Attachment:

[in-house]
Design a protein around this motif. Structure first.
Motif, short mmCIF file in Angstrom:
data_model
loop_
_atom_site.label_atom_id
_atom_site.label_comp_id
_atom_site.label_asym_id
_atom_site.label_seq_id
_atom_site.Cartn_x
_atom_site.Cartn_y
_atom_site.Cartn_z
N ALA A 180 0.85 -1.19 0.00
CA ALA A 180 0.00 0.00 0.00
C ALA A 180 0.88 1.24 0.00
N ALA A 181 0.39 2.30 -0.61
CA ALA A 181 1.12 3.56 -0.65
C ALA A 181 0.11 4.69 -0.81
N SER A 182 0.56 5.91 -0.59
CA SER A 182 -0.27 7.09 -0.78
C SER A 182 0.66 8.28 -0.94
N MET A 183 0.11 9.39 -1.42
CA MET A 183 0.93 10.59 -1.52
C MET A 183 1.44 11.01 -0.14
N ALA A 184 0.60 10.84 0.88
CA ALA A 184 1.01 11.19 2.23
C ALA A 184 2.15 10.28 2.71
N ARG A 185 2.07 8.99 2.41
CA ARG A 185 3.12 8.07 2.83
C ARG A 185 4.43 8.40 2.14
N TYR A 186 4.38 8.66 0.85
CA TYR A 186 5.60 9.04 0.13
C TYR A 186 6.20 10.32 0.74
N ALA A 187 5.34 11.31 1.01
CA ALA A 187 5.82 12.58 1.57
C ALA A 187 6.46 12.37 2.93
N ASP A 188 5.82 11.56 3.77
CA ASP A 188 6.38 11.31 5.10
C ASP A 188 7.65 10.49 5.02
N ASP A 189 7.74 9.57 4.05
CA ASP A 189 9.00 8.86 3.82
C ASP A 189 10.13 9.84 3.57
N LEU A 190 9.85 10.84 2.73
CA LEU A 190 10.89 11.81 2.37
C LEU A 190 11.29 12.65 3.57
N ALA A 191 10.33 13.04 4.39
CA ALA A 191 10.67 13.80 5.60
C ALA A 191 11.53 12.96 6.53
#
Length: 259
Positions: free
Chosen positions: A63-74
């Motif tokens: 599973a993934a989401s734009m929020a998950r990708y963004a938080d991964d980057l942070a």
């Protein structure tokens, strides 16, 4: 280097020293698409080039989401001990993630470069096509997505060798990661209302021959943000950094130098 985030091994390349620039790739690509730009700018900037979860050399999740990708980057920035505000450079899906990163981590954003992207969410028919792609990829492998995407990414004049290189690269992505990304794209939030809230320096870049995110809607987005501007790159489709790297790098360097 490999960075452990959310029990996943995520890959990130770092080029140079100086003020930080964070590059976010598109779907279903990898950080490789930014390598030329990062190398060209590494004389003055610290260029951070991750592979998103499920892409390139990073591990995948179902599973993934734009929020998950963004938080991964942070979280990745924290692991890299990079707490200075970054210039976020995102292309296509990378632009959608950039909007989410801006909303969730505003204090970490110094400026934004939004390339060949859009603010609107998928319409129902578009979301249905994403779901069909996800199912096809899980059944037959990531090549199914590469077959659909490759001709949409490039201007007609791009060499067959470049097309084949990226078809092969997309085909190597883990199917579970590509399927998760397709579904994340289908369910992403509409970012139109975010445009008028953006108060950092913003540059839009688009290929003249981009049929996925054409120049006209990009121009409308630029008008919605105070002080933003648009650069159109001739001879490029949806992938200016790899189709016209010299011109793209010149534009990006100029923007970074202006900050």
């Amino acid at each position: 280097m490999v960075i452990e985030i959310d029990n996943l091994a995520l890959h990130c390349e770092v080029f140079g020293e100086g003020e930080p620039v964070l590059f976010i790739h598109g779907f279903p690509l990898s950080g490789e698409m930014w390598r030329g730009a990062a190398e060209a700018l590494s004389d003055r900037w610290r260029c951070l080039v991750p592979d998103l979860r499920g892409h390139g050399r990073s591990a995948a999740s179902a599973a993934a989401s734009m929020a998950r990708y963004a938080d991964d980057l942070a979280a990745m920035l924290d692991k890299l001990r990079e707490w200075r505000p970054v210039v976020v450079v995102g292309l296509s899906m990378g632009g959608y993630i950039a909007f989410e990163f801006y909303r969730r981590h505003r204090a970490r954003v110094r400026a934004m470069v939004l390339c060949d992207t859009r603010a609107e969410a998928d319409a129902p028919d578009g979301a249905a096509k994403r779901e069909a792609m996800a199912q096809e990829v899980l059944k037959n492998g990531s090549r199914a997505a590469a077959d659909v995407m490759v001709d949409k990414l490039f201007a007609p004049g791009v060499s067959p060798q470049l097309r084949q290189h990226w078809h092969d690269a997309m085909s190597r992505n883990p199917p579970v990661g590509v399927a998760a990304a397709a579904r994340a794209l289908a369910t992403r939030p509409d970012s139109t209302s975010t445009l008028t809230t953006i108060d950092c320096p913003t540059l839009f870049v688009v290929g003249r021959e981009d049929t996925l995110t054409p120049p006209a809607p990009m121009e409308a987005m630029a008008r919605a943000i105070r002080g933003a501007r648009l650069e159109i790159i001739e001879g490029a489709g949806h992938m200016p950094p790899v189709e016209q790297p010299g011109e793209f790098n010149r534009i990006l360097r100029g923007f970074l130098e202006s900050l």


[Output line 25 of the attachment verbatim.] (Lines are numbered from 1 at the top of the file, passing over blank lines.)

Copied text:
N ALA A 184 0.60 10.84 0.88